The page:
Stroke Fact Sheet

Stroke Fact Sheet

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A stroke happens when blood cannot supply oxygen and important nutrients to your brain cells. There are two main types of stroke:

  • Ischemic, caused by the blockage of an artery by a blood clot or cholesterol plaque; and
  • Hemorrhagic, caused by bleeding within the brain or the delicate area within the skull that surrounds it.

Both types cause cell death, resulting in parts of the brain not functioning properly.

Signs and symptoms often appear soon after a stroke has occurred. If they last less than two hours, the blockage has been temporary and the condition is known as a transient ischemic attack (TIA) or mini-stroke. However, the symptoms of a stroke can be serious and permanent, and patients suffering from stroke or a TIA often require emergency care.


Symptoms may include:

  • an inability to move or feel on one side of the body;
  • problems understanding or speaking;
  • dizziness;
  • loss of vision to one side; and
  • in some cases of hemorrhagic stroke, severe headache.

How do you know if someone is having a stroke? The Stroke Foundation recommends the F.A.S.T. test as an easy way to remember the most common signs of stroke.

Using the F.A.S.T. test involves asking these simple questions:

  • Face Check their face. Has their mouth drooped?
  • Arms Can they lift both arms?
  • Speech Is their speech slurred? Do they understand you?
  • Time Is critical. If you see any of these signs call 000 straight away.


Ischemic strokes are caused by decreased blood supply to part of the brain due to:

  • a blood clot forming locally and obstructing a blood vessel;
  • obstruction caused by a blood clot or cholesterol plaque that has travelled from another part of the body;
  • a general decrease in blood supply, sometimes associated with shock; or
  • a blood clot in the dural venous sinuses which drain blood from the brain.

Hemorrhagic strokes are caused by:

  • bleeding within the brain itself, caused by an artery bursting and flooding surrounding tissue with blood; or
  • bleeding outside the brain tissue but still within the skull.


Risks and complications

The main risk factor for stroke is high blood pressure. Other risk factors include tobacco smoking, obesity, high blood cholesterol, diabetes mellitus, a record of a previous TIA, and atrial fibrillation. Users of stimulants such as cocaine and methamphetamine are at a high risk of ischemic strokes. Age is also a factor, with two thirds of strokes occurring in people over 65.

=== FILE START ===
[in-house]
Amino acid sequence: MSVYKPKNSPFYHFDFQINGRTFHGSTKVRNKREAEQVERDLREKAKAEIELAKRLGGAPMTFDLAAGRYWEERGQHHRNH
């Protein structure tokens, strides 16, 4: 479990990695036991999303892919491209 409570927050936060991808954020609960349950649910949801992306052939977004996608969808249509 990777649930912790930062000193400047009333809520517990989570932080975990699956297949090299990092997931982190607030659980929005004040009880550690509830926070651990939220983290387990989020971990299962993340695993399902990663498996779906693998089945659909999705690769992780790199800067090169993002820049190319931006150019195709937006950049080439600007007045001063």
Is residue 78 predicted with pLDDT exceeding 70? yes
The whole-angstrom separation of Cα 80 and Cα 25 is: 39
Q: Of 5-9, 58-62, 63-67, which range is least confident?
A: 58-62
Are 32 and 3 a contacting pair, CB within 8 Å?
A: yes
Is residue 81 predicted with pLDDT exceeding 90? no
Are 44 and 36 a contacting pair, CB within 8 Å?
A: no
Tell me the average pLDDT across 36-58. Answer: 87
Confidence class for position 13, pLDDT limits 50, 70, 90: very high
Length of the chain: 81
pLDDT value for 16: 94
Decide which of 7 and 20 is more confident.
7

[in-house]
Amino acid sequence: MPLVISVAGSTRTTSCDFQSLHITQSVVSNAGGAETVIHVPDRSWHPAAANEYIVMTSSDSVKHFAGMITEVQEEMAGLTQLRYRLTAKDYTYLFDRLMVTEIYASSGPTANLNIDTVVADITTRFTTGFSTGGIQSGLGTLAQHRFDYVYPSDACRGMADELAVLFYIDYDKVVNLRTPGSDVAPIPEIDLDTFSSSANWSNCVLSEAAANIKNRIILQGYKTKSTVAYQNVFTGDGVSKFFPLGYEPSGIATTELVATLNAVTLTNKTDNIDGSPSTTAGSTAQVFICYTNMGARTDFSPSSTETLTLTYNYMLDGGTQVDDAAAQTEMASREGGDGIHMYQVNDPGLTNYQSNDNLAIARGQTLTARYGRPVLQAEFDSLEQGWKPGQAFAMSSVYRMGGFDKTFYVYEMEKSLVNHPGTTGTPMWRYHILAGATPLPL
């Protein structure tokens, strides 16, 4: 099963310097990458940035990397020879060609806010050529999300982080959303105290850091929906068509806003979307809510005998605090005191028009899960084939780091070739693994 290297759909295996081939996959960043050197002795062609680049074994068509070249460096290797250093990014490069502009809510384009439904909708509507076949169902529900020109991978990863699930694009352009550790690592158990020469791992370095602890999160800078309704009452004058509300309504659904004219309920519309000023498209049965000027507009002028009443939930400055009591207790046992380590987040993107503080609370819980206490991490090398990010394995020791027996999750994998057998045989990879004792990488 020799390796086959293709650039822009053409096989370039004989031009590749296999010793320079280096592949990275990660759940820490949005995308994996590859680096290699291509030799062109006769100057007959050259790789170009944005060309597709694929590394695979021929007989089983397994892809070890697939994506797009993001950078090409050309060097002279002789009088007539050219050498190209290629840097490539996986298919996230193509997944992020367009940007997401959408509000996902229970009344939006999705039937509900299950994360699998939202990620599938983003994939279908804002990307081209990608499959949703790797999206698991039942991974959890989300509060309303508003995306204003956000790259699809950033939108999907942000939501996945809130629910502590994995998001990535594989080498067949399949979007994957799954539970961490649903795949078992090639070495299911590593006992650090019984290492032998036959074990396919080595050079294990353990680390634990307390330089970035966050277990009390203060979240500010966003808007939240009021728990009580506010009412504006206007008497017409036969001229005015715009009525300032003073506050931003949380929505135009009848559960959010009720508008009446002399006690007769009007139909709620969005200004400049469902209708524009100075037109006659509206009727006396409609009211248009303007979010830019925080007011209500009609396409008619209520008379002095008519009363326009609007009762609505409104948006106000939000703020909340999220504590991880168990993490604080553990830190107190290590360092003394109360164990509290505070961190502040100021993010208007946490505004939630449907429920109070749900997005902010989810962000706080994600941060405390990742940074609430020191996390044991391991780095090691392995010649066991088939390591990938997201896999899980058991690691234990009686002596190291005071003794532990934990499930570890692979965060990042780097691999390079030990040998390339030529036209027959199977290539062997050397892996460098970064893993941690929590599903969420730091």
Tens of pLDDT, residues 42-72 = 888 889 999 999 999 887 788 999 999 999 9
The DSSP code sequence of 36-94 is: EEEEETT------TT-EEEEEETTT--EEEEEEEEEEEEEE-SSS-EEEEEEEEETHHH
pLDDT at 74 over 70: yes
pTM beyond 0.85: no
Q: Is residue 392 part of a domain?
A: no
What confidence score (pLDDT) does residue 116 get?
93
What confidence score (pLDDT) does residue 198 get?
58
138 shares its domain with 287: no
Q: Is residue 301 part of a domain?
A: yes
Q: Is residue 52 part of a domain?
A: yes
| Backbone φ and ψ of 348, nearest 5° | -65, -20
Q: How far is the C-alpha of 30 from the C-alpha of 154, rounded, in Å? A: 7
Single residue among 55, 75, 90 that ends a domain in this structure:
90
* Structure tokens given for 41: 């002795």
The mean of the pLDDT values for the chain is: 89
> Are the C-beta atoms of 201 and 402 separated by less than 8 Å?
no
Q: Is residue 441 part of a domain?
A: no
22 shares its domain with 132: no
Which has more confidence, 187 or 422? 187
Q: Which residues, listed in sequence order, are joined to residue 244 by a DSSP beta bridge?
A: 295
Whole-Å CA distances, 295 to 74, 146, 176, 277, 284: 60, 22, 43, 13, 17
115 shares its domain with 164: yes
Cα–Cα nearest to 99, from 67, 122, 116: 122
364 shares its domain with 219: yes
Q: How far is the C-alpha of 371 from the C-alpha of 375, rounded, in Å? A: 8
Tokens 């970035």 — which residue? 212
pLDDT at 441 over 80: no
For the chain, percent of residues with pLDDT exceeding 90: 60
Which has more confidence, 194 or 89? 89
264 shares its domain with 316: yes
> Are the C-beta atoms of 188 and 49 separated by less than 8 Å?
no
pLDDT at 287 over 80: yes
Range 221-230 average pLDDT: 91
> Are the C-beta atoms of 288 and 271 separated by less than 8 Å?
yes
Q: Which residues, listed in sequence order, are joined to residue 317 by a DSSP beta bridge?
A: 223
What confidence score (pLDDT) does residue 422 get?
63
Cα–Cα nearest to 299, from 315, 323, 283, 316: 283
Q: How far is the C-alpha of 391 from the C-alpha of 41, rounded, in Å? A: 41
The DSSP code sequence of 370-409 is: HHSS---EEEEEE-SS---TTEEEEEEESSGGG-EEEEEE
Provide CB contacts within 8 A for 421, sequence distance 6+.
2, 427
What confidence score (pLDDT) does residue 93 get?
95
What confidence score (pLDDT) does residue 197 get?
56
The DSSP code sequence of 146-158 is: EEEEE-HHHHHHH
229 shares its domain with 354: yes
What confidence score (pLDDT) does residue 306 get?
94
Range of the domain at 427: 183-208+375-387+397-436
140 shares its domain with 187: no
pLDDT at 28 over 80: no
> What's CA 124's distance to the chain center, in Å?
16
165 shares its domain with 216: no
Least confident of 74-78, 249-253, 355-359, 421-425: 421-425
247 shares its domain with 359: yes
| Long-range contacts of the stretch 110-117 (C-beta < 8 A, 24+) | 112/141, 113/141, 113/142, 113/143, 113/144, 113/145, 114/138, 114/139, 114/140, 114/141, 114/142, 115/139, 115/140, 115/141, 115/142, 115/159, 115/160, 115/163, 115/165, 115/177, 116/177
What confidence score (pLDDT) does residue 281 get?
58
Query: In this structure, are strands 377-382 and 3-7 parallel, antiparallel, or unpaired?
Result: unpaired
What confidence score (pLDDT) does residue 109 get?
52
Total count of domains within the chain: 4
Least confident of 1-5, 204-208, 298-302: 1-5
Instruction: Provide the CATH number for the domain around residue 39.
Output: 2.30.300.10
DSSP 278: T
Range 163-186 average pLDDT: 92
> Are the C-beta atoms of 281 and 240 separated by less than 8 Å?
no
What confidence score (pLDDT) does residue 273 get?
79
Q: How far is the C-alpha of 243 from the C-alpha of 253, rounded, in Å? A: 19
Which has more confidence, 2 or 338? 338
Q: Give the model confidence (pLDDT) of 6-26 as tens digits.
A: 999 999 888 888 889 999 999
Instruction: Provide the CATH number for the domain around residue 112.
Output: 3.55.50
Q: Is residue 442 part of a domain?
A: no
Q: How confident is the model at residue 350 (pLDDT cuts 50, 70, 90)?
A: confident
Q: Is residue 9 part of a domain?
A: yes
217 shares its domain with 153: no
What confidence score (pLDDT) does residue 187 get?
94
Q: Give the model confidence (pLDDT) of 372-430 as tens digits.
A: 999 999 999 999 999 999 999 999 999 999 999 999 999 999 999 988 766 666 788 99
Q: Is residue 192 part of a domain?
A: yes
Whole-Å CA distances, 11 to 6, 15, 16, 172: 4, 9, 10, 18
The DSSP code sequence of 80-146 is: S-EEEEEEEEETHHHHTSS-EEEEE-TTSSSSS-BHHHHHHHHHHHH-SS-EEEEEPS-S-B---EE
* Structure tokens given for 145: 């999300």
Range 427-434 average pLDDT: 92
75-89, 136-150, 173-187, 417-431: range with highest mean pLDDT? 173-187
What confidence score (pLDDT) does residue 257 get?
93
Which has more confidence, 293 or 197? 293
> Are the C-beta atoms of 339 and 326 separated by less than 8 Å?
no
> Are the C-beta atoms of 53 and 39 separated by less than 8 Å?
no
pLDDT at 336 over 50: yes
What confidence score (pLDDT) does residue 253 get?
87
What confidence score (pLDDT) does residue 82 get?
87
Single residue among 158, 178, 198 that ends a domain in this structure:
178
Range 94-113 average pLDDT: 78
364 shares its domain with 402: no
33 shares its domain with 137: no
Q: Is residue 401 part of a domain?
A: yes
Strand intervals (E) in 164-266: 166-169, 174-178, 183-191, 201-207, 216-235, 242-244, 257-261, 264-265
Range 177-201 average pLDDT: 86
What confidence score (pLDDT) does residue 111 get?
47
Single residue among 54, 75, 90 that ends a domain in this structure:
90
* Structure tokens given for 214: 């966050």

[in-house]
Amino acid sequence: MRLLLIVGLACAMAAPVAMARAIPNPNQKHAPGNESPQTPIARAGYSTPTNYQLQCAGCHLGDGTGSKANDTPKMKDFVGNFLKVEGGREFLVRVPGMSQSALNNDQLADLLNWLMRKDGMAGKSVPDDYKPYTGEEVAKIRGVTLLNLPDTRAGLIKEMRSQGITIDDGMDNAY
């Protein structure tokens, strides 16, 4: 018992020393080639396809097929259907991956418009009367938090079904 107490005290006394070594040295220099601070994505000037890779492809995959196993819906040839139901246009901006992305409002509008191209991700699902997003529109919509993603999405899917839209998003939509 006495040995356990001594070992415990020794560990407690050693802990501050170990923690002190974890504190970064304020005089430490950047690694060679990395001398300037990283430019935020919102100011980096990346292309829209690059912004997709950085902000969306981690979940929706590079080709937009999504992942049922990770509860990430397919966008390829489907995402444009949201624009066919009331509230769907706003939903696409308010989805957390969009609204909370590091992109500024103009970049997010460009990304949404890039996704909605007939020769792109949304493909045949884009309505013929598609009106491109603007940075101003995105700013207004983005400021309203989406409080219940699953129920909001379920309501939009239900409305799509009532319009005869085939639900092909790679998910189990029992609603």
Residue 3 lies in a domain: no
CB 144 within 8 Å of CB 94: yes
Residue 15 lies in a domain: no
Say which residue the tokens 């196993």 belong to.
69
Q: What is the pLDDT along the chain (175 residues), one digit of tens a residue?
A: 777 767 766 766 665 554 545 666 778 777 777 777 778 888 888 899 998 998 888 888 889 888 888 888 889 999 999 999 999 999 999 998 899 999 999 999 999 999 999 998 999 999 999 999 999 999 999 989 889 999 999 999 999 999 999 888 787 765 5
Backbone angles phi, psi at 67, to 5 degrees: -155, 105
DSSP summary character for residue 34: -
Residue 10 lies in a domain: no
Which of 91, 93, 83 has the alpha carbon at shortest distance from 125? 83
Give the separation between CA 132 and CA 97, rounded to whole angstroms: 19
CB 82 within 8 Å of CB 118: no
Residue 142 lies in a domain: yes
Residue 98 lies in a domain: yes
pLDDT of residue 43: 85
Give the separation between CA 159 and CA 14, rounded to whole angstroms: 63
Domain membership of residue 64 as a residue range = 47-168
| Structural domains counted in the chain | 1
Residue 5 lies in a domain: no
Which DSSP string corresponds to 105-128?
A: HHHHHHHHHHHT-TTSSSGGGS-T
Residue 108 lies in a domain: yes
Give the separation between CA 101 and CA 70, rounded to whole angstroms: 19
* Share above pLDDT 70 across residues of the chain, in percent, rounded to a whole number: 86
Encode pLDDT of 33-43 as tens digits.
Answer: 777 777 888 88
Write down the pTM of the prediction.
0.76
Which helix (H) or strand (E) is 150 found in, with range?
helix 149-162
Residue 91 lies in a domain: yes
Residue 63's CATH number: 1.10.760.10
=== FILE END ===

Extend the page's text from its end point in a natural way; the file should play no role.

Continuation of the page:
Long-term complications associated with stroke may include pneumonia or loss of bladder control. For patients with severe brain damage, complications may include persistent vegetative state (PVS), leaving them in a state of partial arousal rather than true awareness.


Diagnosis is usually based on a physical examination, supported by medical imaging such as a CT scan or MRI scan. A CT scan can rule out bleeding, but may not rule out the blockage of an artery which typically fails to show on a CT scan early on. Other tests such as an electrocardiogram and blood tests are used to determine risk factors and rule out other possible causes. However, there is not yet a commonly used blood test for stroke diagnosis itself.


Surgery may be the best option, and a patient’s suitability for surgery will be based on their age, gender, and the degree of stenosis (the narrowing or blockage of the arteries). Surgery is most efficient when not delayed too long.

Treatment to recover lost function is another part of the picture. Known as stroke rehabilitation, this ideally takes place in a stroke unit when such a facility is available.


Stroke prevention includes decreasing risk factors which may involve making lifestyle adjustments including diet and exercise, and avoiding the use of stimulants.

Other preventative measures may include the use of aspirin and statins. Surgery to open up the narrowed arteries to the brain is an option for some patients, while warfarin is often prescribed for those with atrial fibrillation.

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